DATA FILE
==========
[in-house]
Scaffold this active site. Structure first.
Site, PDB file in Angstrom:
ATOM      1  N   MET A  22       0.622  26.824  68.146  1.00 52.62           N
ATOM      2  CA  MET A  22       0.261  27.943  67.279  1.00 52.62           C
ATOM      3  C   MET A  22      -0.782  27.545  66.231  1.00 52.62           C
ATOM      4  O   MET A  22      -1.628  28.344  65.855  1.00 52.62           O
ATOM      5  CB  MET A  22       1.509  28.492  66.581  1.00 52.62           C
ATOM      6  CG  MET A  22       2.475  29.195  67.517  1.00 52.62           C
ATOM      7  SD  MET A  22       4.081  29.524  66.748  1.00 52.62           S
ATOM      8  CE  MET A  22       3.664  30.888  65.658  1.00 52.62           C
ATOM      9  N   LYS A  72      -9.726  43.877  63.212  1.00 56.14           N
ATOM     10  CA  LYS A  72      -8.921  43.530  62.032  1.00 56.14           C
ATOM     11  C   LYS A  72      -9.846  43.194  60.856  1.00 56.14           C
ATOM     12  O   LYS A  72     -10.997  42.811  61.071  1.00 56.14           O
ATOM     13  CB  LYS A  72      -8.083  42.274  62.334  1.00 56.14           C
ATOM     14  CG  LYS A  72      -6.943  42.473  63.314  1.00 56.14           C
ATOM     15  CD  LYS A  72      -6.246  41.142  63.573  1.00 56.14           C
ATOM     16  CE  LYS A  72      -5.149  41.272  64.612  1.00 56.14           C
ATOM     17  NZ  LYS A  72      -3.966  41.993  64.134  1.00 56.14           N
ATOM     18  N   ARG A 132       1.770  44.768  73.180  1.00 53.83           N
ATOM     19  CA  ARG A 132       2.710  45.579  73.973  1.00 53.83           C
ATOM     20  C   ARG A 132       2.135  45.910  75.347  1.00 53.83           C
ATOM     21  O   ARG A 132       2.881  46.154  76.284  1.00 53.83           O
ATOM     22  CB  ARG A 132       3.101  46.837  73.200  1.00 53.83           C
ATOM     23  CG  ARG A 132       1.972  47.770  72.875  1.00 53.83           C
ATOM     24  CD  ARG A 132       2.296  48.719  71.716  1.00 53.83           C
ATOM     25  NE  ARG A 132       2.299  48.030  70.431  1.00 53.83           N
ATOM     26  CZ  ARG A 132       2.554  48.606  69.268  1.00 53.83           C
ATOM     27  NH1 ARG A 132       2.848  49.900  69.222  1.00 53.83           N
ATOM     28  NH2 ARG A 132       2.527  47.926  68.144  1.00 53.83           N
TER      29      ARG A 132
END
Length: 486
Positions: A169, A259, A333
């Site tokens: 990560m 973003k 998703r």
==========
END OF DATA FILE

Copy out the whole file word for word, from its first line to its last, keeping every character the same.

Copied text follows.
[in-house]
Scaffold this active site. Structure first.
Site, PDB file in Angstrom:
ATOM      1  N   MET A  22       0.622  26.824  68.146  1.00 52.62           N
ATOM      2  CA  MET A  22       0.261  27.943  67.279  1.00 52.62           C
ATOM      3  C   MET A  22      -0.782  27.545  66.231  1.00 52.62           C
ATOM      4  O   MET A  22      -1.628  28.344  65.855  1.00 52.62           O
ATOM      5  CB  MET A  22       1.509  28.492  66.581  1.00 52.62           C
ATOM      6  CG  MET A  22       2.475  29.195  67.517  1.00 52.62           C
ATOM      7  SD  MET A  22       4.081  29.524  66.748  1.00 52.62           S
ATOM      8  CE  MET A  22       3.664  30.888  65.658  1.00 52.62           C
ATOM      9  N   LYS A  72      -9.726  43.877  63.212  1.00 56.14           N
ATOM     10  CA  LYS A  72      -8.921  43.530  62.032  1.00 56.14           C
ATOM     11  C   LYS A  72      -9.846  43.194  60.856  1.00 56.14           C
ATOM     12  O   LYS A  72     -10.997  42.811  61.071  1.00 56.14           O
ATOM     13  CB  LYS A  72      -8.083  42.274  62.334  1.00 56.14           C
ATOM     14  CG  LYS A  72      -6.943  42.473  63.314  1.00 56.14           C
ATOM     15  CD  LYS A  72      -6.246  41.142  63.573  1.00 56.14           C
ATOM     16  CE  LYS A  72      -5.149  41.272  64.612  1.00 56.14           C
ATOM     17  NZ  LYS A  72      -3.966  41.993  64.134  1.00 56.14           N
ATOM     18  N   ARG A 132       1.770  44.768  73.180  1.00 53.83           N
ATOM     19  CA  ARG A 132       2.710  45.579  73.973  1.00 53.83           C
ATOM     20  C   ARG A 132       2.135  45.910  75.347  1.00 53.83           C
ATOM     21  O   ARG A 132       2.881  46.154  76.284  1.00 53.83           O
ATOM     22  CB  ARG A 132       3.101  46.837  73.200  1.00 53.83           C
ATOM     23  CG  ARG A 132       1.972  47.770  72.875  1.00 53.83           C
ATOM     24  CD  ARG A 132       2.296  48.719  71.716  1.00 53.83           C
ATOM     25  NE  ARG A 132       2.299  48.030  70.431  1.00 53.83           N
ATOM     26  CZ  ARG A 132       2.554  48.606  69.268  1.00 53.83           C
ATOM     27  NH1 ARG A 132       2.848  49.900  69.222  1.00 53.83           N
ATOM     28  NH2 ARG A 132       2.527  47.926  68.144  1.00 53.83           N
TER      29      ARG A 132
END
Length: 486
Positions: A169, A259, A333
């Site tokens: 990560m 973003k 998703r």